On Thursday afternoon Miss Ashton invited North and myself to have tea in her apartment. He was devoted, and she was more charming than usual. By avoiding the subject of caps I managed to get a word or two into and out of the talk. Miss Ashton asked me in a make- conversational tone something about the next season's tour.

"Oh," said I, "I don't know about that. I'm not going to be with Binkley & Bing next season."

"Why, I thought," said she, "that they were going to put the Number One road company under your charge. I thought you told me so."

"They were," said I, "but they won't.. I'll tell you what I'm going to do. I'm going to the south shore of Long Island and buy a small cottage I know there on the edge of the bay. And I'll buy a catboat and a rowboat and a shotgun and a yellow dog. I've got money enough to do it. And I'll smell the salt wind all day when it blows from the sea and the pine odor when it blows from the land. And, of course, I'll write plays until I have a trunk full of 'em on hand.

"And the next thing and the biggest thing I'll do will be to buy that duck-farm next door. Few people understand ducks. I can watch 'em for hours. They can march better than any company in the National Guard, and they can play 'follow my leader' better than the entire Democratic party. Their voices don't amount to much, but I like to hear 'em. They wake you up a dozen times a night, but there's a homely sound about their quacking that is more musical to me than the cry of 'Fresh strawber-rees!' under your window in the morning when you want to sleep.

"And," I went on, enthusiastically, "do you know the value of ducks besides their beauty and intelligence and order and sweetness of voice? Picking their feathers gives you an unfailing and never ceasing income. On a farm that I know the feathers were sold for $400 in one year. Think of that! And the ones shipped to the market will bring in more money than that. Yes, I am for the ducks and the salt breeze coming over the bay. I think I shall get a Chinaman cook, and with him and the dog and the sunsets for company I shall do well. No more of this dull, baking, senseless, roaring city for me."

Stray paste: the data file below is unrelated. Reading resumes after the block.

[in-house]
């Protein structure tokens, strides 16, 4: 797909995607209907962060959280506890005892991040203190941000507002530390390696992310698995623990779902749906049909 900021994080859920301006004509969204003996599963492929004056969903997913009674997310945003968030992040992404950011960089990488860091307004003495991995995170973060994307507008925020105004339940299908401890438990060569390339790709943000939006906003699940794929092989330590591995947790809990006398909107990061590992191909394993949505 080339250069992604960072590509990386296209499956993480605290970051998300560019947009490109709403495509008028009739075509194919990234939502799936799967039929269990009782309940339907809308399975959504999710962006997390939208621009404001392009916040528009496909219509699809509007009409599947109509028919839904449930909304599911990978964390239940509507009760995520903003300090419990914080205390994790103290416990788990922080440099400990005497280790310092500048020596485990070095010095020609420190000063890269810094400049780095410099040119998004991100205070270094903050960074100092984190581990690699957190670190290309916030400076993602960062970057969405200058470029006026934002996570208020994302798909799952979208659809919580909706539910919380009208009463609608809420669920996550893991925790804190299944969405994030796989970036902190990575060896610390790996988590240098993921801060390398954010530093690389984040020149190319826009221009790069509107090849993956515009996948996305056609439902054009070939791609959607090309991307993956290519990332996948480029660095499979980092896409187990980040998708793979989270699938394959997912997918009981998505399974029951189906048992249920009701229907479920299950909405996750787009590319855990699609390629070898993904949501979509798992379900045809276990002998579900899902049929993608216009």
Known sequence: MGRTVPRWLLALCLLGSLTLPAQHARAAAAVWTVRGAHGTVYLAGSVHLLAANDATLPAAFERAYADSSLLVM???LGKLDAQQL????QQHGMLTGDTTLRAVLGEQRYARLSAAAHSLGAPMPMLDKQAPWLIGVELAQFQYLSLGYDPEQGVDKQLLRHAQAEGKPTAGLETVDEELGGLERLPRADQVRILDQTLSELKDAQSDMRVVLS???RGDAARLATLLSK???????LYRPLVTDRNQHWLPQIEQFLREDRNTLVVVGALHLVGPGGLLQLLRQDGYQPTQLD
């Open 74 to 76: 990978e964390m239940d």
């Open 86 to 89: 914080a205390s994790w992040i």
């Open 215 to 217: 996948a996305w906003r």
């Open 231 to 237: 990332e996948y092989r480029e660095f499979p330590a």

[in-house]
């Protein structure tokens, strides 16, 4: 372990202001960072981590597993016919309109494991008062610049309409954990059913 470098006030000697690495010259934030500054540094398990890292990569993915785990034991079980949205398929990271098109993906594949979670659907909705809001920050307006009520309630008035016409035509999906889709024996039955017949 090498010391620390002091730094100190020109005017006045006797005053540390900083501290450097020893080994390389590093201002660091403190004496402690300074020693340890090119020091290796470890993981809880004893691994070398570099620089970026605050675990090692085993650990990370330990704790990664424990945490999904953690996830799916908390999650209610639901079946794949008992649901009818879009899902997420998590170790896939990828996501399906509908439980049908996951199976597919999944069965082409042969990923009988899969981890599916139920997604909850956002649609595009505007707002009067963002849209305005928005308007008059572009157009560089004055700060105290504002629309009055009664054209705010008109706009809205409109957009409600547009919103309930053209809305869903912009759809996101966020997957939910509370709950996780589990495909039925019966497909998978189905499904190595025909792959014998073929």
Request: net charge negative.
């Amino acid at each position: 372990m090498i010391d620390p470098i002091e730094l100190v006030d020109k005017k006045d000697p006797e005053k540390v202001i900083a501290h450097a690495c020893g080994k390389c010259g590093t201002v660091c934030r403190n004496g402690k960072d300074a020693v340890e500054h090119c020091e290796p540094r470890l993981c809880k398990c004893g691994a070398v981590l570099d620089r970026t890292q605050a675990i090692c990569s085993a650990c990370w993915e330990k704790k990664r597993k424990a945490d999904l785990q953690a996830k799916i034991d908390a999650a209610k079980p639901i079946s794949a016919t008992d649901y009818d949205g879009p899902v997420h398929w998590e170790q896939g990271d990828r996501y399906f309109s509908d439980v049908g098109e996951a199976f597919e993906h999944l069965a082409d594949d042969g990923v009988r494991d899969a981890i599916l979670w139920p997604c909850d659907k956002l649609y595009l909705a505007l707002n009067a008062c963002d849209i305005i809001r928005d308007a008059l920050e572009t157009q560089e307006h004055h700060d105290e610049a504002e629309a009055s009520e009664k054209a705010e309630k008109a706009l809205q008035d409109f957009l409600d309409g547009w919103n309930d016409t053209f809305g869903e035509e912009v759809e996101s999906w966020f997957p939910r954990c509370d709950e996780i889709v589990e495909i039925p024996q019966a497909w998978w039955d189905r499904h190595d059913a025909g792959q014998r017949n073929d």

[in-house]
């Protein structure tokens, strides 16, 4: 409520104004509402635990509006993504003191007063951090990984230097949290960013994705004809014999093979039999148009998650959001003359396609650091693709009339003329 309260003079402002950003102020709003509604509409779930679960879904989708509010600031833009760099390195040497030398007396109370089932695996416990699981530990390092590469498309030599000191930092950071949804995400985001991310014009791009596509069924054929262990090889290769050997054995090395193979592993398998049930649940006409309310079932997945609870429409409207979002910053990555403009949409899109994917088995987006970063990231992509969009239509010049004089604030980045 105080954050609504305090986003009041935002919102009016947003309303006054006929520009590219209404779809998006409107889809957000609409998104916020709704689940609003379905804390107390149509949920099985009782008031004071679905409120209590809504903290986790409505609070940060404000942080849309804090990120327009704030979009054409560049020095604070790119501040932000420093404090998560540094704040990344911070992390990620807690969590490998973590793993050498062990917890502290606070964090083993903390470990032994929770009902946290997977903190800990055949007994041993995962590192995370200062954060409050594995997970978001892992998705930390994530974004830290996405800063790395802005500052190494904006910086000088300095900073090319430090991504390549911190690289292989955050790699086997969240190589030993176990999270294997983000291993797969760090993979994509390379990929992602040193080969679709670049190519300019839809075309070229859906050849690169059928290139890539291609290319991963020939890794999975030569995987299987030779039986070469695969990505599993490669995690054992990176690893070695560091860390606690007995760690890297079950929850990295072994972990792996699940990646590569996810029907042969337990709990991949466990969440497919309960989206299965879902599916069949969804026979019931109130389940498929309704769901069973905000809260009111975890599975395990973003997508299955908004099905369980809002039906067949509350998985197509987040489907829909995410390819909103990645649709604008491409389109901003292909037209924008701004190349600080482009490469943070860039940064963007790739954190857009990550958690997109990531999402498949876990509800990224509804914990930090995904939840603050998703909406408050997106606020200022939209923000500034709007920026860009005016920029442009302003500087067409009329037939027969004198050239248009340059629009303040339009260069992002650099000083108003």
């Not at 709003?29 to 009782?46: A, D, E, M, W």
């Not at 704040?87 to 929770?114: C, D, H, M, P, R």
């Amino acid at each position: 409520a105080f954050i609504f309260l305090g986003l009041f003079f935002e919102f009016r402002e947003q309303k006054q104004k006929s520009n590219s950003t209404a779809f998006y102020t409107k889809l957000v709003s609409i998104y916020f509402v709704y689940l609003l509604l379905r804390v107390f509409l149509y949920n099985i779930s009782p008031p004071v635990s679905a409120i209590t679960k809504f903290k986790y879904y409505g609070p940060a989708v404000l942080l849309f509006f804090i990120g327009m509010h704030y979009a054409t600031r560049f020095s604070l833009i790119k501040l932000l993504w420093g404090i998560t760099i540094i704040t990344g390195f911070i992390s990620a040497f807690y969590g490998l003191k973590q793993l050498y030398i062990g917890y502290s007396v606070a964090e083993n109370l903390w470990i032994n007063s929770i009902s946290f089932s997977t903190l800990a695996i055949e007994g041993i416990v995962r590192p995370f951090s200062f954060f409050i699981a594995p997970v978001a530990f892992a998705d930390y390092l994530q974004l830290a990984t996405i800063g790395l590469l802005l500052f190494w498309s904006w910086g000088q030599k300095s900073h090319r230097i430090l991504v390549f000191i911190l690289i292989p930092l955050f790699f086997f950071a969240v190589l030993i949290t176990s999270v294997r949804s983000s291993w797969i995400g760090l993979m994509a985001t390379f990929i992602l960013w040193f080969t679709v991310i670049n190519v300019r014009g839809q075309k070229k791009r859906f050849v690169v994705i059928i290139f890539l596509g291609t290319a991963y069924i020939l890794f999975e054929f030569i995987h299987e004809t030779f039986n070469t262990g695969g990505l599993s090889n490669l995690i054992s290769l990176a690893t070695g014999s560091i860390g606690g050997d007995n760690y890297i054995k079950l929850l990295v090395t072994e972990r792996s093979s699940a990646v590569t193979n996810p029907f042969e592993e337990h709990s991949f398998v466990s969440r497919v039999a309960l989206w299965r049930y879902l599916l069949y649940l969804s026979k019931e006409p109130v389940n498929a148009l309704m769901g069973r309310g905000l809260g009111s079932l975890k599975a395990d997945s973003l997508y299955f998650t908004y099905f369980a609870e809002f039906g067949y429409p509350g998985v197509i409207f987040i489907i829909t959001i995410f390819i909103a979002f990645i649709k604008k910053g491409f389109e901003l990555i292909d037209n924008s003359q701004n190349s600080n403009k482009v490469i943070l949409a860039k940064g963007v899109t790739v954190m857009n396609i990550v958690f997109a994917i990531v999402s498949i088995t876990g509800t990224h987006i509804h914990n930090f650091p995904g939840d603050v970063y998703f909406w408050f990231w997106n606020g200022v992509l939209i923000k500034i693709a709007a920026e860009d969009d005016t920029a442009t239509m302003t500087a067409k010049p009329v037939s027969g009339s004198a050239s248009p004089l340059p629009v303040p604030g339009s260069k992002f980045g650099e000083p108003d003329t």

Miss Ashton looked surprised. North laughed.

"I am going to begin one of my plays tonight," I said, "so I must be going." And with that I took my departure.

A few days later Miss Ashton telephoned to me, asking me to call at four in the afternoon.

I did.

"You have been very good to me," she said, hesitatingly, "and I thought I would tell you. I am going to leave the stage."

"Yes," said I, "I suppose you will. They usually do when there's so much money."

"There is no money," she said, "or very little. Our money is almost gone."

"But I am told," said I, "that he has something like two or ten or thirty millions--I have forgotten which."

"I know what you mean," she said. "I will not pretend that I do not. I am not going to marry Mr. North."

"Then why are you leaving the stage ?" I asked, severely. "What else can you do to earn a living?"

She came closer to me, and I can see the look in her eyes yet as she spoke.

"I can pick ducks," she said.

We sold the first year's feathers for $350.


9.3

facebook share button twitter share button google plus share button tumblr share button reddit share button email share button share on pinterest pinterest


Create a library and add your favorite stories. Get started by clicking the "Add" button.
Add Rus In Urbe to your own personal library.

Return to the O. Henry Home Page, or . . . Read the next short story; Schools And Schools

Anton Chekhov
Nathaniel Hawthorne
Susan Glaspell
Mark Twain
Edgar Allan Poe
Mary E. Wilkins Freeman
Herman Melville
Stephen Leacock
Kate Chopin
Bjørnstjerne Bjørnson